Figure lisa pictorial view of the presentinvention.. l Y v Figure 21S,- epartl .crass-Sectieewith'som Qf 2 the components removed, of the present invention.

Figure 3 is a sectional view along line 3-3 of Figure 2.

Figure 4 is a partially sectional view of the present invention.

Figure 5 is a sectional view of a component of the present invention.

` Figure 6 is a partial sectional view of a component of the present invention. y

Figure lis a partial side view of the'present invention showing its operation.

Figure 8 is av pictorial view of a component of the present invention.

Figure 9 is aV partially sectional view of a portion of the present invention.

Figure 10 is a partially sectional view of a portion of the present invention.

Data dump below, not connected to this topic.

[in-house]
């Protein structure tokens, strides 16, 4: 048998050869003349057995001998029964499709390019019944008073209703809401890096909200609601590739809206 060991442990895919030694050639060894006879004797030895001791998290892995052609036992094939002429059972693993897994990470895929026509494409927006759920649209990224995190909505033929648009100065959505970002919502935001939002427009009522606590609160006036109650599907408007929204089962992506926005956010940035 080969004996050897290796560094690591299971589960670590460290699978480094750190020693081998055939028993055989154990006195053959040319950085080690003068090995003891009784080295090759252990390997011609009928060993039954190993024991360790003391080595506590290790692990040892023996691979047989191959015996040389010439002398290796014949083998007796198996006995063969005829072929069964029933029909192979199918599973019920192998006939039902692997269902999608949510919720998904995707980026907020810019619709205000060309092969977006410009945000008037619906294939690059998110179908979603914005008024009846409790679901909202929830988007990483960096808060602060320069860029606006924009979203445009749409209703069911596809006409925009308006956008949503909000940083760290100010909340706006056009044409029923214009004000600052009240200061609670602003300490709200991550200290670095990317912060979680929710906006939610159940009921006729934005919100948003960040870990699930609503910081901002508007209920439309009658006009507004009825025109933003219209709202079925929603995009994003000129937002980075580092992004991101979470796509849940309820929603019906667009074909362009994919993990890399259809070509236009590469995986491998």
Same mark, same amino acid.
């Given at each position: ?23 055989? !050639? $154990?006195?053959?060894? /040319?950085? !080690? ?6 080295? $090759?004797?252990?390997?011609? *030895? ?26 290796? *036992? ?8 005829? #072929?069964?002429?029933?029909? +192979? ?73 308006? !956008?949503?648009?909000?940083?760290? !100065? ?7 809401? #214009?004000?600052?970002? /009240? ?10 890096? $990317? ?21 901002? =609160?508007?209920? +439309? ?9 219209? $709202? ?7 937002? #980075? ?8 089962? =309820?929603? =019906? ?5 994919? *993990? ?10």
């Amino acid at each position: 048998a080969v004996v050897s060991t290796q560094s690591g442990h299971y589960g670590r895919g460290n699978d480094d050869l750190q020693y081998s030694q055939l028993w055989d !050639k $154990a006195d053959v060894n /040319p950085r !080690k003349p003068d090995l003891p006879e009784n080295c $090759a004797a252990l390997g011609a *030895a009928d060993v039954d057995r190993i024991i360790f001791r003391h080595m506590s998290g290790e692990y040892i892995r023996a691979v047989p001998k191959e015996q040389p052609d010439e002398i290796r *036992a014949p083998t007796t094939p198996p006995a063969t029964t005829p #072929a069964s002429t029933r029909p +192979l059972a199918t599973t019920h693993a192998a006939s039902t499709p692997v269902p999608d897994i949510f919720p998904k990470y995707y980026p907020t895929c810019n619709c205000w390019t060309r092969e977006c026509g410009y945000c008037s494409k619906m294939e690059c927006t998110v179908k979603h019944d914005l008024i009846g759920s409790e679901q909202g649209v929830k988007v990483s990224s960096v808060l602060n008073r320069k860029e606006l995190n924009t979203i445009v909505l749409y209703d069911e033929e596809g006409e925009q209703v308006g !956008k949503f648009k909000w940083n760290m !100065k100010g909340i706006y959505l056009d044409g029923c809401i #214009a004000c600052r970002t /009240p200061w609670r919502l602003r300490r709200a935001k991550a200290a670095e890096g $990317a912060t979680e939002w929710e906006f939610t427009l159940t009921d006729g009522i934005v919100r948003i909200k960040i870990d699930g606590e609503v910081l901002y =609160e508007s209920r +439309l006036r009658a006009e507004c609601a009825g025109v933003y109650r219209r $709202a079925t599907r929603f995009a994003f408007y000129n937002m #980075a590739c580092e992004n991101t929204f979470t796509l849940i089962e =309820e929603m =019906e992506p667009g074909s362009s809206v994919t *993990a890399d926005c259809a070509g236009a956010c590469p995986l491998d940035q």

Figure 1l is a partial side view of the present invention showing its operation.

Figure 12 is a sectional view along line I2-I2 of Figure 2.

Referring now to Figure 1, the gun shaped tool 2| has a handle 22 at one end and a muzzle shaped structure 23 at the other end. The handle 22 and the muzzle structure 23 are a one piece structure together with the base 24. The handle 22, the muzzle structure 23 and the base 24 should preferably be either a non-corrosive metal or a material that is protected from the effects of moisture.

The structure comprising the muzzle 23, the handle 22 and the base 24 is made of two molded sections or die castings 28 which are held together by screws 25 and 26. The screws 25 arethreaded throughthe handle 22, one through the base 24, and the screw 2B is threaded through a part of the muzzle structure 23. v